PrideHands

Pride parades began as a result of years of repression by the government. This year’s 41st Seattle Pride celebrated the progress we have made in equality and social justice and put a spotlight on the work still ahead of us. That work includes addressing barriers, such as laws on the books that still legalize discrimination.

In his welcome, Seattle Mayor Ed Murray shared some harrowing numbers and reminded us that “in 76 countries, it is still illegal to be LGBTQ and in 10 countries, the punishment is life in prison or death. We know these laws are on the wrong side of history.” During Pride and beyond, we saw our community and our allies come together to make the call for equality and non-discrimination. At Pride, this was the call to action, and we intend to take up the mantle.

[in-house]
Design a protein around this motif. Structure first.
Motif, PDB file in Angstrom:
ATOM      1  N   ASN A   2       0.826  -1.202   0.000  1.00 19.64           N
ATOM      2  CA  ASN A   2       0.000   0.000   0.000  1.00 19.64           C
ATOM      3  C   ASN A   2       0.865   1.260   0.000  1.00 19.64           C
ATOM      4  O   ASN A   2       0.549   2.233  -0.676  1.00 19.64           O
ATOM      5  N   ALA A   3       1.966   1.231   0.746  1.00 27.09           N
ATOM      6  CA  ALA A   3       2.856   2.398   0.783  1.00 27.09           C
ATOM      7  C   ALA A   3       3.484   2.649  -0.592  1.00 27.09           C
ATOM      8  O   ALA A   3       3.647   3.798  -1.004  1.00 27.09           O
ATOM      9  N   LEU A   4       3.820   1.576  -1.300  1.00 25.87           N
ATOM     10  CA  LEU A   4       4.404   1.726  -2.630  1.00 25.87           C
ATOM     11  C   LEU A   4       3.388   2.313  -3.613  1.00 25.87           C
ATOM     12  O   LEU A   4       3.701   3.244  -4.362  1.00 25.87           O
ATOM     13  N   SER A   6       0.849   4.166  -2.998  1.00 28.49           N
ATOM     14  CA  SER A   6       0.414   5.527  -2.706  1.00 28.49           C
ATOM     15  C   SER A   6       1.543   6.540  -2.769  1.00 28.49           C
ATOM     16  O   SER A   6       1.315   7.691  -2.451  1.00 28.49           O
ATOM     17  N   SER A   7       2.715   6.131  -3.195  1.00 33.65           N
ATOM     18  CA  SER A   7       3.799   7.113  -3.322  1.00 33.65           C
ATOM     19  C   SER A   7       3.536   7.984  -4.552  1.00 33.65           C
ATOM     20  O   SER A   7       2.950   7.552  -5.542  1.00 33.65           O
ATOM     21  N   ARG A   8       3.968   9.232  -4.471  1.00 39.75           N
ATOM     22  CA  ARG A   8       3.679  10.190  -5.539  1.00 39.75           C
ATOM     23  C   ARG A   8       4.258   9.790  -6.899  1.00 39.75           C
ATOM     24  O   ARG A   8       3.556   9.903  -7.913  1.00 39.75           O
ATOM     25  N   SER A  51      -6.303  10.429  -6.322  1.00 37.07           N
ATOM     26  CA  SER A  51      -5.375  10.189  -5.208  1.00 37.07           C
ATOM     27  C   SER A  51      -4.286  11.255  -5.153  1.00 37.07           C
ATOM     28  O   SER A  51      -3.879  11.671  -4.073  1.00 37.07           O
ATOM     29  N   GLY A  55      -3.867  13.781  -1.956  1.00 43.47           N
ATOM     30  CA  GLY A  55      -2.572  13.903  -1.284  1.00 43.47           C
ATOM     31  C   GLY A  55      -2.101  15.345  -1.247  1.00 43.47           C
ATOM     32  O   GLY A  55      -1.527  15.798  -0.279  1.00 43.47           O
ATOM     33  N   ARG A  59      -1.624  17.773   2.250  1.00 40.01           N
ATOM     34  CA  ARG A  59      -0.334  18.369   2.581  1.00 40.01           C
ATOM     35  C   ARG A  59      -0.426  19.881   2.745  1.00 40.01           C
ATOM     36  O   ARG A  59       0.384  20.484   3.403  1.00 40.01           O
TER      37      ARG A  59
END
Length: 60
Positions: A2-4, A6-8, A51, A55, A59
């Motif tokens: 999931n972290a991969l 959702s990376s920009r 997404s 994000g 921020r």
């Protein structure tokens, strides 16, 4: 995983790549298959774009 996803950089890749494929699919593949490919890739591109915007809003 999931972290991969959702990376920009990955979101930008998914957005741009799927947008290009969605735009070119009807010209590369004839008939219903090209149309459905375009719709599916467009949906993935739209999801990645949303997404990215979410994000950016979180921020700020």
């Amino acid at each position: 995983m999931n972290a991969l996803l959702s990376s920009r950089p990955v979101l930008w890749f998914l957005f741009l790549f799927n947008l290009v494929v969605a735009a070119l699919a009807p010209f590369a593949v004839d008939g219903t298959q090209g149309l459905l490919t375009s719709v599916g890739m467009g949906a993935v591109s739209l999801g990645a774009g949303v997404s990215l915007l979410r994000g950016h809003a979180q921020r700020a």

The parade itself was humid, rowdy and loud. And it was filled with glitter and love. Over 200 groups pranced, waved and blew kisses from Union StPrideBeadsreet to Denny Way. We found the 2½ hours of revelry grounded in respect, courage and commitment. Organizers reminded us that Seattle’s Pride Parade is one of the top five parades in the country and that the head count was upwards of a half a million people! As the parade wound down, the crowd made its way to the Seattle Center. To see so many rolling around in the International Fountain after the drizzle of rain earlier in the morning was the perfect blend of silly, celebratory and quintessential Seattle.

Alongside all the merriment, State Supreme Court Justice Mary Yu reminded us the fight isn’t over. From her published bio, Justice Yu is the state’s first out lesbian Justice, the first Asian-American Justice, the first Latina Justice, and the 11th woman to ever serve on the Washington Supreme Court. She prompted us to get involved: